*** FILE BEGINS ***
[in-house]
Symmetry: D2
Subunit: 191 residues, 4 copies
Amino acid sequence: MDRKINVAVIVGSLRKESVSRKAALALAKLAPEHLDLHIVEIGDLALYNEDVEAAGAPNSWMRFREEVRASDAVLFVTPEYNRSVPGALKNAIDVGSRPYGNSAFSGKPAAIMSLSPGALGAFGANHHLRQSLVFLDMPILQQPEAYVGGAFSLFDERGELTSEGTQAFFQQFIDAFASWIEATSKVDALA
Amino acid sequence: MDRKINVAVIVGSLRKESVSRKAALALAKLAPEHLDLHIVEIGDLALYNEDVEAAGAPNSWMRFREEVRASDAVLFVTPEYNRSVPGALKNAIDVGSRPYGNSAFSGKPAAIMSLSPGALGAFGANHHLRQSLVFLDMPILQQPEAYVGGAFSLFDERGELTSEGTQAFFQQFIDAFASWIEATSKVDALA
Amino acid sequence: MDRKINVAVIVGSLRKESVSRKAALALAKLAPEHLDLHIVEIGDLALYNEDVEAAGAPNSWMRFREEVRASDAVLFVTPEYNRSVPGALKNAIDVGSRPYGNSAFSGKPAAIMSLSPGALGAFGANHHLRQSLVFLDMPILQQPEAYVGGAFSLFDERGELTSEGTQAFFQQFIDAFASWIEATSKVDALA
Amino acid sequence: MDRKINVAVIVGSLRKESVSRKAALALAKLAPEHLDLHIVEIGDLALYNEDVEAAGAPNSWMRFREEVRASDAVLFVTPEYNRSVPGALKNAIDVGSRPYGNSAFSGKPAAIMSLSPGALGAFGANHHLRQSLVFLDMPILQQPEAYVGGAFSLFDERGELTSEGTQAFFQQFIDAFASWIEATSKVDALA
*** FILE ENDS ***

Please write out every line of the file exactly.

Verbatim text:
[in-house]
Symmetry: D2
Subunit: 191 residues, 4 copies
Amino acid sequence: MDRKINVAVIVGSLRKESVSRKAALALAKLAPEHLDLHIVEIGDLALYNEDVEAAGAPNSWMRFREEVRASDAVLFVTPEYNRSVPGALKNAIDVGSRPYGNSAFSGKPAAIMSLSPGALGAFGANHHLRQSLVFLDMPILQQPEAYVGGAFSLFDERGELTSEGTQAFFQQFIDAFASWIEATSKVDALA
Amino acid sequence: MDRKINVAVIVGSLRKESVSRKAALALAKLAPEHLDLHIVEIGDLALYNEDVEAAGAPNSWMRFREEVRASDAVLFVTPEYNRSVPGALKNAIDVGSRPYGNSAFSGKPAAIMSLSPGALGAFGANHHLRQSLVFLDMPILQQPEAYVGGAFSLFDERGELTSEGTQAFFQQFIDAFASWIEATSKVDALA
Amino acid sequence: MDRKINVAVIVGSLRKESVSRKAALALAKLAPEHLDLHIVEIGDLALYNEDVEAAGAPNSWMRFREEVRASDAVLFVTPEYNRSVPGALKNAIDVGSRPYGNSAFSGKPAAIMSLSPGALGAFGANHHLRQSLVFLDMPILQQPEAYVGGAFSLFDERGELTSEGTQAFFQQFIDAFASWIEATSKVDALA
Amino acid sequence: MDRKINVAVIVGSLRKESVSRKAALALAKLAPEHLDLHIVEIGDLALYNEDVEAAGAPNSWMRFREEVRASDAVLFVTPEYNRSVPGALKNAIDVGSRPYGNSAFSGKPAAIMSLSPGALGAFGANHHLRQSLVFLDMPILQQPEAYVGGAFSLFDERGELTSEGTQAFFQQFIDAFASWIEATSKVDALA